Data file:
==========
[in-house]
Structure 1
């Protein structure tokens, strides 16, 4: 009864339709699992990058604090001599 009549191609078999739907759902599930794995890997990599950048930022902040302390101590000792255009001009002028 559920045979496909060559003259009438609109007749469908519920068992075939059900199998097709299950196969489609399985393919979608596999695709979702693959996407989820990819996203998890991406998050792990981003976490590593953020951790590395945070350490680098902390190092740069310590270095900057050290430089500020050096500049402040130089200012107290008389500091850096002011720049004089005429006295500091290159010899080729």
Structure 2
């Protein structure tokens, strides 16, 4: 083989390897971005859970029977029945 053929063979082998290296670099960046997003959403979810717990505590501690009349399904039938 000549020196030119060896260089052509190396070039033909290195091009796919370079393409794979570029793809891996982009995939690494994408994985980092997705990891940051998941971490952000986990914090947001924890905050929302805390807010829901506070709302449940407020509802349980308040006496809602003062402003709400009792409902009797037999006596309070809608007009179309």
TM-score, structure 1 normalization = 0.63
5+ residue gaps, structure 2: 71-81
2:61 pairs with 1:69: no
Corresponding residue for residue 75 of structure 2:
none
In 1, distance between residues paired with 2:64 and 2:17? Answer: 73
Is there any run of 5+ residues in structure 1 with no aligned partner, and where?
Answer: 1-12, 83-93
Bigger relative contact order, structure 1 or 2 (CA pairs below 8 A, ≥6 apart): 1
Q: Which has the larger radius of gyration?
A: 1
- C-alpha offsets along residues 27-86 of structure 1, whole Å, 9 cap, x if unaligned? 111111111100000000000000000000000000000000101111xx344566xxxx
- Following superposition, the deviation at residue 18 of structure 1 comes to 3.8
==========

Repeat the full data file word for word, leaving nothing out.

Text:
[in-house]
Structure 1
């Protein structure tokens, strides 16, 4: 009864339709699992990058604090001599 009549191609078999739907759902599930794995890997990599950048930022902040302390101590000792255009001009002028 559920045979496909060559003259009438609109007749469908519920068992075939059900199998097709299950196969489609399985393919979608596999695709979702693959996407989820990819996203998890991406998050792990981003976490590593953020951790590395945070350490680098902390190092740069310590270095900057050290430089500020050096500049402040130089200012107290008389500091850096002011720049004089005429006295500091290159010899080729």
Structure 2
């Protein structure tokens, strides 16, 4: 083989390897971005859970029977029945 053929063979082998290296670099960046997003959403979810717990505590501690009349399904039938 000549020196030119060896260089052509190396070039033909290195091009796919370079393409794979570029793809891996982009995939690494994408994985980092997705990891940051998941971490952000986990914090947001924890905050929302805390807010829901506070709302449940407020509802349980308040006496809602003062402003709400009792409902009797037999006596309070809608007009179309």
TM-score, structure 1 normalization = 0.63
5+ residue gaps, structure 2: 71-81
2:61 pairs with 1:69: no
Corresponding residue for residue 75 of structure 2:
none
In 1, distance between residues paired with 2:64 and 2:17? Answer: 73
Is there any run of 5+ residues in structure 1 with no aligned partner, and where?
Answer: 1-12, 83-93
Bigger relative contact order, structure 1 or 2 (CA pairs below 8 A, ≥6 apart): 1
Q: Which has the larger radius of gyration?
A: 1
- C-alpha offsets along residues 27-86 of structure 1, whole Å, 9 cap, x if unaligned? 111111111100000000000000000000000000000000101111xx344566xxxx
- Following superposition, the deviation at residue 18 of structure 1 comes to 3.8